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(In case someone thinks this is another question about the seeming circularity in formal languages and is going to downvote because of this, it's really not; don't downvote yet, keep reading)

Perhaps the most widely known example of a formal language is the language of first-order logic, whose alphabet consists, among others, of symbols (defined as "objects meaning other objects" like ${\forall}$ or ${\implies}$. As alphabet is a set of symbols used in the language, then in the ZFC set theory$^1$, where every element of a set is another set, these symbols, since they belong to a set, should be sets too. I haven't seen any way to define them as sets (like I did in the case of natural numbers, where for example $0$ is often defined as ${\emptyset}$). Did anyone propose a way how to do such a thing?

$^1$I feel like there is a way of using ZFC even before defining a formal language: list the axioms in a natural language$^2$, define set as every object which can be built from these axioms$^3$, build a first-order logic language using this notion of a set, write down the ZFC using this first-order logic language and use this new list of axioms. Is this correct?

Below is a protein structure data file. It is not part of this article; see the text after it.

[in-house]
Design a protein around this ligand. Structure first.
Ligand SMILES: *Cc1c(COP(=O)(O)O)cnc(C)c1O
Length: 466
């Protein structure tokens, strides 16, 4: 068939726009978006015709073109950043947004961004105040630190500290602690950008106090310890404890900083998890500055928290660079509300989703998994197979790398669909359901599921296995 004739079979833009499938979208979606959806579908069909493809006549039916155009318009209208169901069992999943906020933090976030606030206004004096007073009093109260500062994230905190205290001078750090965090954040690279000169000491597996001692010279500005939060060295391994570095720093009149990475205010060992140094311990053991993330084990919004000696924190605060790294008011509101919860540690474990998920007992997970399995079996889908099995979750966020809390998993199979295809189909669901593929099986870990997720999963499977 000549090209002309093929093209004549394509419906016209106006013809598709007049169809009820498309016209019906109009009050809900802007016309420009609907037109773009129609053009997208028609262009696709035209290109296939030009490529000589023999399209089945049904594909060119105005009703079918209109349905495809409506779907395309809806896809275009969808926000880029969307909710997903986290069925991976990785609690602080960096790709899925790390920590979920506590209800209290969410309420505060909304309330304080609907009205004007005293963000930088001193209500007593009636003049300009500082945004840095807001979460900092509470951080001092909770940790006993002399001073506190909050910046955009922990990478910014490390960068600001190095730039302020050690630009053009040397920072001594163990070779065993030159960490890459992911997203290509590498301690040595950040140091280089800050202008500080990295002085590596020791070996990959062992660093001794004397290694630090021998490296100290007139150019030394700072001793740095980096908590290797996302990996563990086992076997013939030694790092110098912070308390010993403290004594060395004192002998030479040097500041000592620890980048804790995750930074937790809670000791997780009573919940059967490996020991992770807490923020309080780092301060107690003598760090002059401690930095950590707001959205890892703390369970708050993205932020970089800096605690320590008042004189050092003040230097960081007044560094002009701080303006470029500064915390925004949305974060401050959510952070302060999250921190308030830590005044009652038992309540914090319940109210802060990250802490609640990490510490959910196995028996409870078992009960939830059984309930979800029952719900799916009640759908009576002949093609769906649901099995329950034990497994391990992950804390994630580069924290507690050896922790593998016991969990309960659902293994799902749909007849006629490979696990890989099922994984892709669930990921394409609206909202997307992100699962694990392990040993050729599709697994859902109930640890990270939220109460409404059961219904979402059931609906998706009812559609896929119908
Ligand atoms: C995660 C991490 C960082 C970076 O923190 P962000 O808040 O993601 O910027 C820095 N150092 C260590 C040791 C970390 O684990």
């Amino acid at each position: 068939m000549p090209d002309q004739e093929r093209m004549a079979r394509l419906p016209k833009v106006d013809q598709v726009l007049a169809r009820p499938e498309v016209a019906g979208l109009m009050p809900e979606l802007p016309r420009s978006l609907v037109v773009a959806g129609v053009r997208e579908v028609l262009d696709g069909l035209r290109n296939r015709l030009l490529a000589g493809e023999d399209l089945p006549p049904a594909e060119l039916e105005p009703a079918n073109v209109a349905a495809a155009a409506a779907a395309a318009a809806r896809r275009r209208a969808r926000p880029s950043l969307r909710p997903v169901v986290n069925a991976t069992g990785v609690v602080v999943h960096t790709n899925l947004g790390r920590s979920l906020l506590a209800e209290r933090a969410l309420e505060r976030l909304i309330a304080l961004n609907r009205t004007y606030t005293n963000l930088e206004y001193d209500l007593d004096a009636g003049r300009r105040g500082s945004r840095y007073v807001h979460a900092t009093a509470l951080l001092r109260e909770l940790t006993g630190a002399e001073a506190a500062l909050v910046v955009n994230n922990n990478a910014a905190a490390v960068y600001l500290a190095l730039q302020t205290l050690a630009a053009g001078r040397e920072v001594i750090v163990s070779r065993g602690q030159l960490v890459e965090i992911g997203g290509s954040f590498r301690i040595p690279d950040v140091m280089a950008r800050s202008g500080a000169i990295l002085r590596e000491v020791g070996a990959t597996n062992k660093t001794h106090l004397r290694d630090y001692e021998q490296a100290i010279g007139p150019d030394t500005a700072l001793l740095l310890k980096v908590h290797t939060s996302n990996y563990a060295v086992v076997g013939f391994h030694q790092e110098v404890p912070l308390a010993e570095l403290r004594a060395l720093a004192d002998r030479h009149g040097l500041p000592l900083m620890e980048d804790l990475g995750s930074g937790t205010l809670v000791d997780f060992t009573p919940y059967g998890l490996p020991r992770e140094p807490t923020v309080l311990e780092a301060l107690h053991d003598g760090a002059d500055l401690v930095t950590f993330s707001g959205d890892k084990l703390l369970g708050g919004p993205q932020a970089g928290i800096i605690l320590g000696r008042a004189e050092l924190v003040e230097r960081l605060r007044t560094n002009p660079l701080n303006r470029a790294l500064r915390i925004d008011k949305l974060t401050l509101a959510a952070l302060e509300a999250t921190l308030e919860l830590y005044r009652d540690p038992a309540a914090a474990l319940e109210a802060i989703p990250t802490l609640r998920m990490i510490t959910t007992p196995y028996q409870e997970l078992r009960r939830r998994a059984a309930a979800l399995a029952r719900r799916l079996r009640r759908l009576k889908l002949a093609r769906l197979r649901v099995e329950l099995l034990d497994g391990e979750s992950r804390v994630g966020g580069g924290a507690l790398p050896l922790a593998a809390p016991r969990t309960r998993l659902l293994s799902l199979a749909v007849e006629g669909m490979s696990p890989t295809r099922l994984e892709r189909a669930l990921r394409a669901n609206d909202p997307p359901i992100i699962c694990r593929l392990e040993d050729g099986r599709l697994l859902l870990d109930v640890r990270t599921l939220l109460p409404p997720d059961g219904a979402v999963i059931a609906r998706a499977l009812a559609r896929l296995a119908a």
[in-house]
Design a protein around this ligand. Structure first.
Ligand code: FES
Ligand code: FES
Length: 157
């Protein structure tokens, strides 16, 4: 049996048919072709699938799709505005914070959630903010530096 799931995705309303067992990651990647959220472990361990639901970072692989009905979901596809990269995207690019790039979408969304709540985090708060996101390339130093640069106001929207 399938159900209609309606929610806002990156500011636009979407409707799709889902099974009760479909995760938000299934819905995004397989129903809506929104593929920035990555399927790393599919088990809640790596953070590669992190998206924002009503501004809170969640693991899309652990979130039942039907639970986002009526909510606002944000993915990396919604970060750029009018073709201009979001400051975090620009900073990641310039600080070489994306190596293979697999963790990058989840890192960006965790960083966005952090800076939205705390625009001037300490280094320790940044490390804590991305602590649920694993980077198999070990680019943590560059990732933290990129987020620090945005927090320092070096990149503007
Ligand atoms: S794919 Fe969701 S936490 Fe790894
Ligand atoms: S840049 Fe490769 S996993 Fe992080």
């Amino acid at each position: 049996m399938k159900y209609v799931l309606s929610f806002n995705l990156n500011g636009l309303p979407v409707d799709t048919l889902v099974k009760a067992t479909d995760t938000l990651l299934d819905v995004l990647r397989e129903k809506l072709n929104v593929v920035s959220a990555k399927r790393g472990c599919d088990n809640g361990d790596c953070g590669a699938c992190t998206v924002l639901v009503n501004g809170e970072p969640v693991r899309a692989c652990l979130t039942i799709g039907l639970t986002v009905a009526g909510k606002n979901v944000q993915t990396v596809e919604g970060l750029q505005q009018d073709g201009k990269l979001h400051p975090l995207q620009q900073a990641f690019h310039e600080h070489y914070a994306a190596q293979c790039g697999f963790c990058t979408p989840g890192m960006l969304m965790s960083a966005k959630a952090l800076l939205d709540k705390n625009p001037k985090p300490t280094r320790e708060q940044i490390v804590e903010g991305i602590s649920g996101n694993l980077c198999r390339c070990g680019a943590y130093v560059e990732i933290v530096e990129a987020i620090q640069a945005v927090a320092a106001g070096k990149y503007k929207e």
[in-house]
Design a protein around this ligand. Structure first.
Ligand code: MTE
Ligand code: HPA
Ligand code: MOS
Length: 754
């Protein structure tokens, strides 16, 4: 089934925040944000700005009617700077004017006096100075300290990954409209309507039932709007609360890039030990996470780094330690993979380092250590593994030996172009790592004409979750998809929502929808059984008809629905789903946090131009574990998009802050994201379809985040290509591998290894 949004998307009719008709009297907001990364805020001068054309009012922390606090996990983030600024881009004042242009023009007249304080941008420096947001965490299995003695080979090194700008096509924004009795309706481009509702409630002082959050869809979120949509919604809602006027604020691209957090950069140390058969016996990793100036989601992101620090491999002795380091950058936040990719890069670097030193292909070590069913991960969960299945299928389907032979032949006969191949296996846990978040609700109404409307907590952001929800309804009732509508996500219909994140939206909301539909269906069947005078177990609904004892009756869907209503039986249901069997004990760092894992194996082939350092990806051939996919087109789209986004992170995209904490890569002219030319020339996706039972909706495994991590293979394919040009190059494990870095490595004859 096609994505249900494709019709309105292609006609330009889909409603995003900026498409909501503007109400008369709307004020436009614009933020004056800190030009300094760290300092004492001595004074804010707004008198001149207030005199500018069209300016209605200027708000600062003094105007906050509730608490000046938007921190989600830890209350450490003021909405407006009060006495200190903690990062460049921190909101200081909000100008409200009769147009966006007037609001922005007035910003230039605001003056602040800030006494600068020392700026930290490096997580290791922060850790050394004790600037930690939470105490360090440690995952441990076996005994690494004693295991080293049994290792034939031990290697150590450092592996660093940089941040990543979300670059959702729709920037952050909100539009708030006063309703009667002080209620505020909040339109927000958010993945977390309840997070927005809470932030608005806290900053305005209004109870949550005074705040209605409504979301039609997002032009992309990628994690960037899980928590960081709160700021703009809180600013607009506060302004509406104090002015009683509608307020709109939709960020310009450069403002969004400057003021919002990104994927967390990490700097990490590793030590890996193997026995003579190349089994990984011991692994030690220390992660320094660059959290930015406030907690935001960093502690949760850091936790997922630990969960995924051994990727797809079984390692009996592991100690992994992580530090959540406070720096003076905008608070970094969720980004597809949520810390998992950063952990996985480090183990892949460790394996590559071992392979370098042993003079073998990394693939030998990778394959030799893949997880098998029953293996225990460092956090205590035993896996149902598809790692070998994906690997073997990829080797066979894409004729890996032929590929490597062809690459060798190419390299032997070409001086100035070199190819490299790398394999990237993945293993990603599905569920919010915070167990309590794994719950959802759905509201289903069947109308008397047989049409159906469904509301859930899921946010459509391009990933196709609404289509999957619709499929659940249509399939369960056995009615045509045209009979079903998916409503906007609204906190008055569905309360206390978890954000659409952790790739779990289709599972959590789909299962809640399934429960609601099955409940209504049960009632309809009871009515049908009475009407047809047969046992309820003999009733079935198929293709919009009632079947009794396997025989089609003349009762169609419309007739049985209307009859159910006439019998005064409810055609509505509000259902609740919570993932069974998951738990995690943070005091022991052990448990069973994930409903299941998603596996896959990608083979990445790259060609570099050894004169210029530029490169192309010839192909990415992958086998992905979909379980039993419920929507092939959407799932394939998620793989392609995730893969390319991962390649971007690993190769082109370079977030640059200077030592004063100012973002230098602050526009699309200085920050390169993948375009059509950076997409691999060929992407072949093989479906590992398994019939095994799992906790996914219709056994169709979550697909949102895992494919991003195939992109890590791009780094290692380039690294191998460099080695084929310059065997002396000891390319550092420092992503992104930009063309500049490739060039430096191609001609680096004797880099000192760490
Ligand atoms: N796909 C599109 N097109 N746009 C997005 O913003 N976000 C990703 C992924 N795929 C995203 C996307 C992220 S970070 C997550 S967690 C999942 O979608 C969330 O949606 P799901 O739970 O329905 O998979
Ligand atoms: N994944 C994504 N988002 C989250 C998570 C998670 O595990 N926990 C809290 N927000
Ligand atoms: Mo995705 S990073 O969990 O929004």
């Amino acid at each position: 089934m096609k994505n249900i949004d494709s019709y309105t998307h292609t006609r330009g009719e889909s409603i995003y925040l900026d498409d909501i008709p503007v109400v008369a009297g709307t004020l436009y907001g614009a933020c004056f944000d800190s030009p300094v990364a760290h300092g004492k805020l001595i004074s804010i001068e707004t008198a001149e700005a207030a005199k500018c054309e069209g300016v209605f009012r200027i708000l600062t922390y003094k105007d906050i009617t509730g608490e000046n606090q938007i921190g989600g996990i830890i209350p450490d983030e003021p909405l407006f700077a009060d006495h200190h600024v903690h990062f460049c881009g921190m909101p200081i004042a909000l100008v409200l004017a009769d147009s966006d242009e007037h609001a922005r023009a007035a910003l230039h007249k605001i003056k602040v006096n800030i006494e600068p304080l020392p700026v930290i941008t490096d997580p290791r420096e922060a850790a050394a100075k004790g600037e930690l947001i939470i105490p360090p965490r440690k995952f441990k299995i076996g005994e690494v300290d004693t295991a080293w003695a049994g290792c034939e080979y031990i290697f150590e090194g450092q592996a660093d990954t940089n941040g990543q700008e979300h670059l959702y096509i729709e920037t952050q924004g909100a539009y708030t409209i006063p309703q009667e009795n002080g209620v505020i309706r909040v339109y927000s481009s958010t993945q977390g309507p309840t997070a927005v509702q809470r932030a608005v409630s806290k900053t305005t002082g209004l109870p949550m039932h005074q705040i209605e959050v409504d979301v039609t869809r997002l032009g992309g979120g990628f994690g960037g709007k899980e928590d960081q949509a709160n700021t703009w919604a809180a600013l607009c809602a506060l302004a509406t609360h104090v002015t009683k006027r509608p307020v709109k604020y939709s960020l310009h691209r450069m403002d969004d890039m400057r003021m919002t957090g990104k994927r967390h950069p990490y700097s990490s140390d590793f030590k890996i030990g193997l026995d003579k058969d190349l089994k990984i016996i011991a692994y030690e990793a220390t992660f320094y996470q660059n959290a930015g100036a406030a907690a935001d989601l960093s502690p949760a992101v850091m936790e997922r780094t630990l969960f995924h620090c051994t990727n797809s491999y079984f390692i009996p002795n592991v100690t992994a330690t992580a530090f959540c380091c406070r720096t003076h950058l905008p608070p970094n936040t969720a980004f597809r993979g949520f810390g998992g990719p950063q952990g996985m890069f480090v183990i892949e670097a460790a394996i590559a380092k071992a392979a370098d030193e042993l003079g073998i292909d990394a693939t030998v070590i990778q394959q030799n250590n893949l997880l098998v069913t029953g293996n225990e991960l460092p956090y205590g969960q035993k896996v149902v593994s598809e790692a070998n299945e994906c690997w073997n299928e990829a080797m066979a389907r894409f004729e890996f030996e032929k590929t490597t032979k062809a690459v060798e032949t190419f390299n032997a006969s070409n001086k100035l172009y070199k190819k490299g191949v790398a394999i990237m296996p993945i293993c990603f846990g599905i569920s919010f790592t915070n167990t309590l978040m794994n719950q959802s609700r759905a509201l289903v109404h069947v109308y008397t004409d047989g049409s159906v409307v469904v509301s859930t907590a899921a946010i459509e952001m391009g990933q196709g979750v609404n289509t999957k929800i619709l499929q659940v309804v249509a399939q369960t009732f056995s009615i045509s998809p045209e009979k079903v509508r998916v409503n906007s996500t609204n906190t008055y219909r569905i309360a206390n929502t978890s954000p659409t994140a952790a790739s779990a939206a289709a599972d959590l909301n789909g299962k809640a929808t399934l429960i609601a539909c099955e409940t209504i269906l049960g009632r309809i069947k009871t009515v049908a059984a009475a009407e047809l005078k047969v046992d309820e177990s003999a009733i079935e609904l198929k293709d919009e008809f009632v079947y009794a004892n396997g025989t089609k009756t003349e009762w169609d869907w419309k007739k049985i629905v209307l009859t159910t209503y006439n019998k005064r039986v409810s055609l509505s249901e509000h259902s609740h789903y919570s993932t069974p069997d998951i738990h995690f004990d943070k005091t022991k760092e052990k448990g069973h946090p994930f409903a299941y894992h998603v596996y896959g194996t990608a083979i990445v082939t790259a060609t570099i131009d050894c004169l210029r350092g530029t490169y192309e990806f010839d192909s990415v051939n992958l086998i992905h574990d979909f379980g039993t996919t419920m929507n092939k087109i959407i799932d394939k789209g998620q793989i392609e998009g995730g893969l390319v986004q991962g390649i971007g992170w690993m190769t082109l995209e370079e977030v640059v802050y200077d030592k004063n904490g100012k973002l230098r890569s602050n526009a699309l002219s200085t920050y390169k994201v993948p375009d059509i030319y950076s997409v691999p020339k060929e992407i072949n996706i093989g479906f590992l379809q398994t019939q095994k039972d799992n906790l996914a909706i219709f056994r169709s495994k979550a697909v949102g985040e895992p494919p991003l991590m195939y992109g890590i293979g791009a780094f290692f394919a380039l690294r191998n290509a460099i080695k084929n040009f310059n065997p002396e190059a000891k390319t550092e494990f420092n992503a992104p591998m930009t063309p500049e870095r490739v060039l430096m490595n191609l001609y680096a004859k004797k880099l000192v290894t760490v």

$^2$The meaning which ZFC tries to convey is possible to be said in a natural language.

$^3$In case somebody says that at this level the concept of a set doesn't need to be formalised and is best left to be intuitively understood, one of the reasons ZFC is so popular is that it reproduces intuitive properties of sets - so there seems to be no harm in using ZFC this way.

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We just use some arbitrary set $A$ as the set of symbols. So, for example, some set plays the role of $\land$, and some other set plays the role of $\forall$. The expressions are then sequences of elements from that set $A$. This is very similar to the idea of Goedel numbering in which we use the set of natural numbers as the set of symbols.

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    $\begingroup$ First, you are right that you have to avoid ever using the same set to stand for two different symbols. But it is not necessary to use sets in the universe of discourse to stand for themselves. For example, you could use a function to assign each element of the universe of discourse some other set that stands for it. Then you just have to make sure $A$ is disjoint from the range of that function. (The set difference you asked about is 'setminus' in LaTeX) $\endgroup$ – Carl Mummert Apr 17 '16 at 12:19

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